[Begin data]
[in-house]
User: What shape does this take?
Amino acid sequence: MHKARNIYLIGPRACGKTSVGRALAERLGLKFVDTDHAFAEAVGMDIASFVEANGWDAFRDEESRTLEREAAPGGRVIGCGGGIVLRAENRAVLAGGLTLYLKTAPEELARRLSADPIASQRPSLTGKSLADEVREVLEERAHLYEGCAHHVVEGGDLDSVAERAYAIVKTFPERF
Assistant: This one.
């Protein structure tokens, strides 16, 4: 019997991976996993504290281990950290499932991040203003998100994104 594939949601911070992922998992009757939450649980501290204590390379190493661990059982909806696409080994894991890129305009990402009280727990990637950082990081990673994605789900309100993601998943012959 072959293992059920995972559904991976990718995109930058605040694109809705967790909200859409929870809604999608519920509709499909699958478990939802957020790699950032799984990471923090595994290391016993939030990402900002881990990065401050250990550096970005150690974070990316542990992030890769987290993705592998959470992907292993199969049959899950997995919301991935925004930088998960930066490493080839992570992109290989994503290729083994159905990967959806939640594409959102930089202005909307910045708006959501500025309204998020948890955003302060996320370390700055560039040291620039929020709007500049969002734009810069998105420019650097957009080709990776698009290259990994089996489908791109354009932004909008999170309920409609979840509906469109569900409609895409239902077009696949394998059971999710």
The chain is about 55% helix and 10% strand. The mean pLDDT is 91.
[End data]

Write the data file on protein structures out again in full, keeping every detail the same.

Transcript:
[in-house]
User: What shape does this take?
Amino acid sequence: MHKARNIYLIGPRACGKTSVGRALAERLGLKFVDTDHAFAEAVGMDIASFVEANGWDAFRDEESRTLEREAAPGGRVIGCGGGIVLRAENRAVLAGGLTLYLKTAPEELARRLSADPIASQRPSLTGKSLADEVREVLEERAHLYEGCAHHVVEGGDLDSVAERAYAIVKTFPERF
Assistant: This one.
């Protein structure tokens, strides 16, 4: 019997991976996993504290281990950290499932991040203003998100994104 594939949601911070992922998992009757939450649980501290204590390379190493661990059982909806696409080994894991890129305009990402009280727990990637950082990081990673994605789900309100993601998943012959 072959293992059920995972559904991976990718995109930058605040694109809705967790909200859409929870809604999608519920509709499909699958478990939802957020790699950032799984990471923090595994290391016993939030990402900002881990990065401050250990550096970005150690974070990316542990992030890769987290993705592998959470992907292993199969049959899950997995919301991935925004930088998960930066490493080839992570992109290989994503290729083994159905990967959806939640594409959102930089202005909307910045708006959501500025309204998020948890955003302060996320370390700055560039040291620039929020709007500049969002734009810069998105420019650097957009080709990776698009290259990994089996489908791109354009932004909008999170309920409609979840509906469109569900409609895409239902077009696949394998059971999710």
The chain is about 55% helix and 10% strand. The mean pLDDT is 91.